By Christopher D. Cook
In a mixed ruling this morning (April 9), a nine-member U.S. District Court jury awarded $1.5 million to the Service Employees International Union in its ongoing campaign to stymie a rival union created by former SEIU staffers, in a mixed ruling that's unlikely to resolve the unions' protracted battle over members and leadership in the labor movement.
Coming after a tense and bruising two-week trial and several days of jury deliberations, the verdict includes a $724,000 penalty against the insurgent National Union of Healthcare Workers, led by Sal Rosselli, former long-time president of SEIU’s United Healthcare Workers West (UHW). Rosselli and 15 of his NUHW colleagues were also hit with smaller penalties ranging from $30,000 to $74,000.
The SEIU lawsuit originally sought $25 million in damages for an array of allegations that its former staffers, who launched NUHW a day after the local was put in trusteeship, had stolen union funds and used SEIU resources and staff time to build their rival organization.
In the process of litigating the case, SEIU deployed four law firms at an expense of $5 million, according to SEIU-UHW communications director Steve Trossman (NUHW’s attorneys estimate the figure at closer to $10 million)—so if the award is upheld, SEIU stands to lose at least $3.5 million on the case.
“It’s absolutely worth it,” said Michelle Ringuette, SEIU’s strategic affairs director. “There’s no price tag on justice.” She called the verdict “an enormous slam-dunk victory for SEIU members, who wanted to hold [NUHW] accountable…they are exhilarated today.”
But in an interview a few hours after the verdict, Rosselli said he and NUHW are undaunted by the ruling. “Their goal was to destroy NUHW, and they failed,” he said. “They wanted us to walk away from NUHW, that’s what this is all about…This will go on for more than a year before they can try to see a dime” of NUHW money, Rosselli added, noting NUHW’s attorneys will ask Judge William Alsup to set aside the verdict, and if he doesn’t they’ll press on to the U.S. Court of Appeals.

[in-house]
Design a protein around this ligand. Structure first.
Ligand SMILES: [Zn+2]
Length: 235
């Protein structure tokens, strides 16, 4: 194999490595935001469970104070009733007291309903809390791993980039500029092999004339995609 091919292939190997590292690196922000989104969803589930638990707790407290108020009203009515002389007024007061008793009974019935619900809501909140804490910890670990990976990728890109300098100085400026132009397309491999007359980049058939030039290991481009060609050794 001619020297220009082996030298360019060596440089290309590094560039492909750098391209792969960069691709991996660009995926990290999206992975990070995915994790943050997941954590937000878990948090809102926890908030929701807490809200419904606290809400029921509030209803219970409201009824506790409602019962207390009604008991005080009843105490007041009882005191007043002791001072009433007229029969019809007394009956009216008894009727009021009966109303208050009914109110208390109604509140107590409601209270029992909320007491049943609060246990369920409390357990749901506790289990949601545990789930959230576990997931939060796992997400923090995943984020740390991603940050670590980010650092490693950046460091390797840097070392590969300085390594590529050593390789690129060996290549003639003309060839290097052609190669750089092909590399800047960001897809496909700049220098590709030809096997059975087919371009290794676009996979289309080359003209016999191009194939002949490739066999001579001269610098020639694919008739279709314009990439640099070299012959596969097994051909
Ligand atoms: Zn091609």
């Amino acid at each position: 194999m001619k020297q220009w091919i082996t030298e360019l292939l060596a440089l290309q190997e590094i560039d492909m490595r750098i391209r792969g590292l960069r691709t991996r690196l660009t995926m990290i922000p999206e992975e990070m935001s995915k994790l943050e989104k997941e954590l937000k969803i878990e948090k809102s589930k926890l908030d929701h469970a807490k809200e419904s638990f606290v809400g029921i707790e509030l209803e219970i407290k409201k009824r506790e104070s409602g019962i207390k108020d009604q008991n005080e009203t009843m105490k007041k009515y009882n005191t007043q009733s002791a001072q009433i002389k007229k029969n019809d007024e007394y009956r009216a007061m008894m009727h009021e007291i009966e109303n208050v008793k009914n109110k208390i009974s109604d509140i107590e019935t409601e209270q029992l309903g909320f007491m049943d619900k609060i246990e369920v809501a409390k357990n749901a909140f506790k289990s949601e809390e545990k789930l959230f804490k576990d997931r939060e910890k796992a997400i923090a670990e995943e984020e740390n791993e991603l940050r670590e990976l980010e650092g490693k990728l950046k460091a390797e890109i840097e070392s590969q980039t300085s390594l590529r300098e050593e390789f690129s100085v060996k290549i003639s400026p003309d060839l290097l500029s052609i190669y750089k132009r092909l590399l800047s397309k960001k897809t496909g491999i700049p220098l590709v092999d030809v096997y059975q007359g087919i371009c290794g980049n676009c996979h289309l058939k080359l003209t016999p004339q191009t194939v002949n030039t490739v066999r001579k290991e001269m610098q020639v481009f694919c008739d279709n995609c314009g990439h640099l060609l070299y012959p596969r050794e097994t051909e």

According to Rosselli, SEIU “said I was in jail, they said that I stole $3 million, and it hasn’t resonated…This has the potential to backfire on them—what we got dinged for is fighting the trusteeship, fighting for democracy, and fighting for a voice.”
Meanwhile, on the ground, where the two unions are locked in a tough fight for members, a different verdict is playing out. In nine hospital elections over the past year, NUHW has won seven, mostly by resounding margins. The new union has won elections for more than 3,000 workers so far, while more than 100,000 have signed petitions requesting NUHW representation. The biggest organizing prize is Kaiser, where 50,000 workers will decide which union they want in an election this June. "Once we win the Kaiser election, it's going to be all over for SEIU healthcare," Roselli said.
Rosselli said there are 100 union elections pending, and SEIU has moved to block all but 30 elections at nursing homes where staff turnover has been nearly 100 percent in the past year. “The only reason they’re blocking is because they think they’re going to lose,” he said.
As the ruling came down, prominent California leaders such as United Farm Workers co-founder Dolores Huerta and former California State Senate pro tem John Burton issued statements supporting NUHW. “Tens of thousands of healthcare workers are organizing with NUHW for a real voice at work and a democratic voice in their union, and that will continue in spite of this verdict,” Huerta said. “These reformers stood up for workers’ right to vote when SEIU tried to take it away, and that’s the only thing they’re guilty of.”